It is equally important to design DDR policies which address the psycho-social needs of such families who often face social stigma and alienation from the rest of the community. Developing policy guidelines in the IDDRS for family based integration as a component of ‘Reintegration’ can be a right step in this direction.


Colombia, Peace, Social & Political Absorption Capacity

By:  Lina Castellanos – The New School

Reintegration and Absorption Capacity

Last Sunday, October the 2nd, Colombians were asked to vote Yes or No in a national plebiscite to approve –or not- the Government’s peace agreement with the Revolutionary Armed Forces of Colombia (FARC). After 52 years of war, the bewildering outcome was No. All of a sudden, the four year negotiations between the Government and the leaders of the FARC in Havana-Cuba, were reduced to No 50,21% (6.431.376 votes) and Yes 49,78% (6.377.482 votes). Even more shocking than the rejection of the peace agreement, was the number of Colombians that didn’t vote (around 62% of Colombians didn’t participate in the plebiscite). The outcome to some was absolutely appalling but at the end demonstrates -within a long list of other conclusions- that Disarmament, Demobilization and Reintegration -DDR- processes are certainly highly unpredictable and need to constantly evolve. Moreover, it demonstrates that the concept of Absorption Capacity was definitely a serious setback in the recent Colombian events.

Absorption capacity is the ability of a community, economy and/or country to include ex-combatants as active full members of the society. The term can also refer to social and political reintegration opportunities. In the 297 pages of the peace accord document -for example- FARC were given the opportunity to become a political party and were given relatively small punishments for their crimes. Those two elements –again, in conjunction with many others from different natures- are precisely a clear sign of the challenges Reintegration and Absorption Capacity represent. Political reintegration was for sure one of the main issues Colombians who voted were evidently divided. Those who believed this was an historic opportunity to end a long-lasting war voted Yes, and those who didn’t agree with the content of the accord, and specially with the benefits given to the FARC, voted No. In that sense, there is a relevant percentage of Colombian population who may be an obstacle when trying to undertake reintegration initiatives and who would at some extent threaten the DDR process, specially the absorption and reintegration of FARC members.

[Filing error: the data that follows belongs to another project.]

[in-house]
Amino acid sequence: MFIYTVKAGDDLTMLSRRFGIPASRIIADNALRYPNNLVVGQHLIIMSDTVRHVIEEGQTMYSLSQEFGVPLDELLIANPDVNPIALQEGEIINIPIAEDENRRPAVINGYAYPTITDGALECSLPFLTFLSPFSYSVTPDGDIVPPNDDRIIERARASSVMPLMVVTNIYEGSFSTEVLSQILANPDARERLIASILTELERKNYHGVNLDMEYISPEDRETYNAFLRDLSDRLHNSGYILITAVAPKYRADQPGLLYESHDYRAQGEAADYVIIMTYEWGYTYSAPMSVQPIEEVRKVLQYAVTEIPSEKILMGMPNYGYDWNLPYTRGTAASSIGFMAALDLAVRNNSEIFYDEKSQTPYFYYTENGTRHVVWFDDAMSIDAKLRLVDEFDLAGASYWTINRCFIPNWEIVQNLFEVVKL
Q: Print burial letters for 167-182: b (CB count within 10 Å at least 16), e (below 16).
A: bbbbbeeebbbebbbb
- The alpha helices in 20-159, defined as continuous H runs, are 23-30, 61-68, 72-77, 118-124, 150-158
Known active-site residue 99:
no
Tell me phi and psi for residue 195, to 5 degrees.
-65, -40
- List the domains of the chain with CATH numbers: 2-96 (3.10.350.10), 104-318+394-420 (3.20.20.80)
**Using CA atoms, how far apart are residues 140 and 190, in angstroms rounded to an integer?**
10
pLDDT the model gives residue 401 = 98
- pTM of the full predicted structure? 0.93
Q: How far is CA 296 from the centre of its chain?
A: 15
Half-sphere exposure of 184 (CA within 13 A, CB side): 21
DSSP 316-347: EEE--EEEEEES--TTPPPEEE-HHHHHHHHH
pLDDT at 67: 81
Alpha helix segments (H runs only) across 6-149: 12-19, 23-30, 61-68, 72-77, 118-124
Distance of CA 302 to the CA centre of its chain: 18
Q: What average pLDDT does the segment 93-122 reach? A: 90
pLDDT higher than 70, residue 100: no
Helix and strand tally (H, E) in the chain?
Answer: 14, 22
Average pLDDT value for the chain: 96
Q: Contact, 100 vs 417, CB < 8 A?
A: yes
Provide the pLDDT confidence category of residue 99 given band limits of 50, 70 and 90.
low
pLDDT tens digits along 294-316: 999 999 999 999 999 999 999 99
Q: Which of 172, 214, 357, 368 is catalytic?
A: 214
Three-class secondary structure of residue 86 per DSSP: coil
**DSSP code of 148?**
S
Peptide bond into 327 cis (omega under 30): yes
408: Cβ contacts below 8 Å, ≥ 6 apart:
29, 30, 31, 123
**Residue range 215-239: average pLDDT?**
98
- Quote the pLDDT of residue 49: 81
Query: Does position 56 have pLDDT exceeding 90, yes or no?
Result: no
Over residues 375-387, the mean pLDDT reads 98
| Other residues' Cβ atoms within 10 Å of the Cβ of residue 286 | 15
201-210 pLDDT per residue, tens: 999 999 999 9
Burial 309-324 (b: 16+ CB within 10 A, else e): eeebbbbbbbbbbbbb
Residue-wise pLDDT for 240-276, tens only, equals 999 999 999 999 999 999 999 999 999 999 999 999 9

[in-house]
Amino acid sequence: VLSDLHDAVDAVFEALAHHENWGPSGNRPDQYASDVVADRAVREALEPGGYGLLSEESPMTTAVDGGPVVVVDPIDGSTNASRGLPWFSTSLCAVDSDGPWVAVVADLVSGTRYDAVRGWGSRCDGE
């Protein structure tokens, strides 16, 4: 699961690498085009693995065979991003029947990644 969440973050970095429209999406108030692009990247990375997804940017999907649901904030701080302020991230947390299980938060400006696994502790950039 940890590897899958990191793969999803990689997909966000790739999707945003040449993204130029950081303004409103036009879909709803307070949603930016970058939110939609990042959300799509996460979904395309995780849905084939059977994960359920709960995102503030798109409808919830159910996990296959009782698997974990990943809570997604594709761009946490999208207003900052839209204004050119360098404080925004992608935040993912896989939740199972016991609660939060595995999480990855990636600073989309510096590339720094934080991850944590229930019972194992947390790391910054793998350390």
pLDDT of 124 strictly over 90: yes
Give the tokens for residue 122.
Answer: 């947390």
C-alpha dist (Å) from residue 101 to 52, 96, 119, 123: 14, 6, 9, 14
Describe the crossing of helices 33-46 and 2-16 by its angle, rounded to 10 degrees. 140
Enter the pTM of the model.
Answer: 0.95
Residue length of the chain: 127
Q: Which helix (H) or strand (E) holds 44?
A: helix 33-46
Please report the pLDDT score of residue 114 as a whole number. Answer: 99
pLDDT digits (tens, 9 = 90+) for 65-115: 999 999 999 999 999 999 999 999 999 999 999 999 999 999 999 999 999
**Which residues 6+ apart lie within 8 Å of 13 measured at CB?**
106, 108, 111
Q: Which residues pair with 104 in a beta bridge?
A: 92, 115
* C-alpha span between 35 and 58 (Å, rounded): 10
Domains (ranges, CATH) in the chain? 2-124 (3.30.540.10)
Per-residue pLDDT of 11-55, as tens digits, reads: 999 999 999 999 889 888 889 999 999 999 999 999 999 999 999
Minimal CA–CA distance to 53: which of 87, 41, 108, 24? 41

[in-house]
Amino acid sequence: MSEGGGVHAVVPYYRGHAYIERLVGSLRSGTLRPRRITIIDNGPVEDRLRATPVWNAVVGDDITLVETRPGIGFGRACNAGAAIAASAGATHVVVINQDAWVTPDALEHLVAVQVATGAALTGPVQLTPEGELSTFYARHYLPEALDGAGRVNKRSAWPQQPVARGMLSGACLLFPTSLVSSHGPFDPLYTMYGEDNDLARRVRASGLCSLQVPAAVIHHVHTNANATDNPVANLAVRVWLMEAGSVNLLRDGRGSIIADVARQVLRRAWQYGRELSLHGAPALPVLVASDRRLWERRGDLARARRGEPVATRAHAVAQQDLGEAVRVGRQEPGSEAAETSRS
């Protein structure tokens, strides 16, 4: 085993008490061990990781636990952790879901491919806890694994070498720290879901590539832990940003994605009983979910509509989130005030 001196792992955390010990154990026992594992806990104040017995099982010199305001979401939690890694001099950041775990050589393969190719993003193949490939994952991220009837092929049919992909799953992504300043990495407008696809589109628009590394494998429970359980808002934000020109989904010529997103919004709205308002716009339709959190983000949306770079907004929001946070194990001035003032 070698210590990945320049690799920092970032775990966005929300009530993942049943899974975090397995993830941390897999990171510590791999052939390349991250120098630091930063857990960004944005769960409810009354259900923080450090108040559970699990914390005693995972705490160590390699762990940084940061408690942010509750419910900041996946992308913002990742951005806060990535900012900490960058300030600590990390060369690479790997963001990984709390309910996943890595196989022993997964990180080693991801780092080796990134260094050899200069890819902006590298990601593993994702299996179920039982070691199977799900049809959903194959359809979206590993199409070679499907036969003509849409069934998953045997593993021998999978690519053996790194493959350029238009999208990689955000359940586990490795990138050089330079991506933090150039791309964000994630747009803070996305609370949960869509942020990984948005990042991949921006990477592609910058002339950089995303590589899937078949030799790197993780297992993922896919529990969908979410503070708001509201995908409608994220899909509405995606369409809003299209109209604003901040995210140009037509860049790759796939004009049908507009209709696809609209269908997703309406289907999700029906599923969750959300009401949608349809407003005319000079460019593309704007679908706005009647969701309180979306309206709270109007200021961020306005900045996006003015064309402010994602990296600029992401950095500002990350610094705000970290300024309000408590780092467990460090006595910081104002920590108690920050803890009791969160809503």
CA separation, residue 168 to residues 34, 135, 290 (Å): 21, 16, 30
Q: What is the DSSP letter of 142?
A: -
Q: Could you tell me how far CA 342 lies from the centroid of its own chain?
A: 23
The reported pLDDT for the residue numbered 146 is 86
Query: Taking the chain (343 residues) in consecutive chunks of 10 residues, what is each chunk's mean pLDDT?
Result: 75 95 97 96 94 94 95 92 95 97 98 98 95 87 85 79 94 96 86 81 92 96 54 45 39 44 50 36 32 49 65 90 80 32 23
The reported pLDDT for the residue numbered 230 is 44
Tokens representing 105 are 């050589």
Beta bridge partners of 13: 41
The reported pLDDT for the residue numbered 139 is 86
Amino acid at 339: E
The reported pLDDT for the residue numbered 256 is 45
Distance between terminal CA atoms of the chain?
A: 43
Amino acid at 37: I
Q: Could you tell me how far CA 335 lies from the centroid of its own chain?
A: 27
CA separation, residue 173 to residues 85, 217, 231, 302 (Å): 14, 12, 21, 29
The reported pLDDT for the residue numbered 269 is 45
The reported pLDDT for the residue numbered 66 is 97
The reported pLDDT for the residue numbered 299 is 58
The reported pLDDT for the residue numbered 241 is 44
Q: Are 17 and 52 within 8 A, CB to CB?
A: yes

Armed conflict destroys the social fabric of a country; it is clear that for those who personally suffer the consequences of war forgiving is a major thing. Yet, not everyone who voted No has experienced the conflict and many of the regions directly affected by the conflict voted Yes; this proves the myriad of personal experiences that can highly influence a peace process. In the Colombian case, there was an agreement between the Government and the guerrilla group, however we can’t forget that the basis of reintegration is a result of sustainable, community-driven efforts. Efforts hard to achieve when a peace process is tremendously politicized.

In Haiti, Statebuilding in the Wake of DDR and SSR

I had no way of knowing that my beloved Haiti ushered in the second generation of disarmament, demobilization and reintegration (DDR) processes worldwide prior to taking Professor Dean Piedmont’s course on this subject. I did however always wonder why MINUSTAH – the UN’s peacekeeping force – has been in Haiti for so long. Upon learning that DDR is in fact a peacebuilding process aimed primarily at reintegrating ex-combatants into civilian society post-war, the presence of MINUSTAH became even more perplexing to me since Haiti was never at war.

Furthermore, while the 2004-2006 period in Haiti’s history was marked by a critical upsurge in violence before and after a U.S. supported coup d’etat, there were also no clear ex-combatant groups to reintegrate back into Haitian society. Therefore, rather than looking to DDR to reinforce a newly independent country’s statehood as the first generation of DDR did after the Cold War, the failure of DDR in Haiti led to this second wave where DDR increasingly focused on the role of development in reducing livelihood concerns that often lead to violence (as an aside, today’s third generation of DDR emphasizes attempts to counter violent extremism [CVE] through political integration).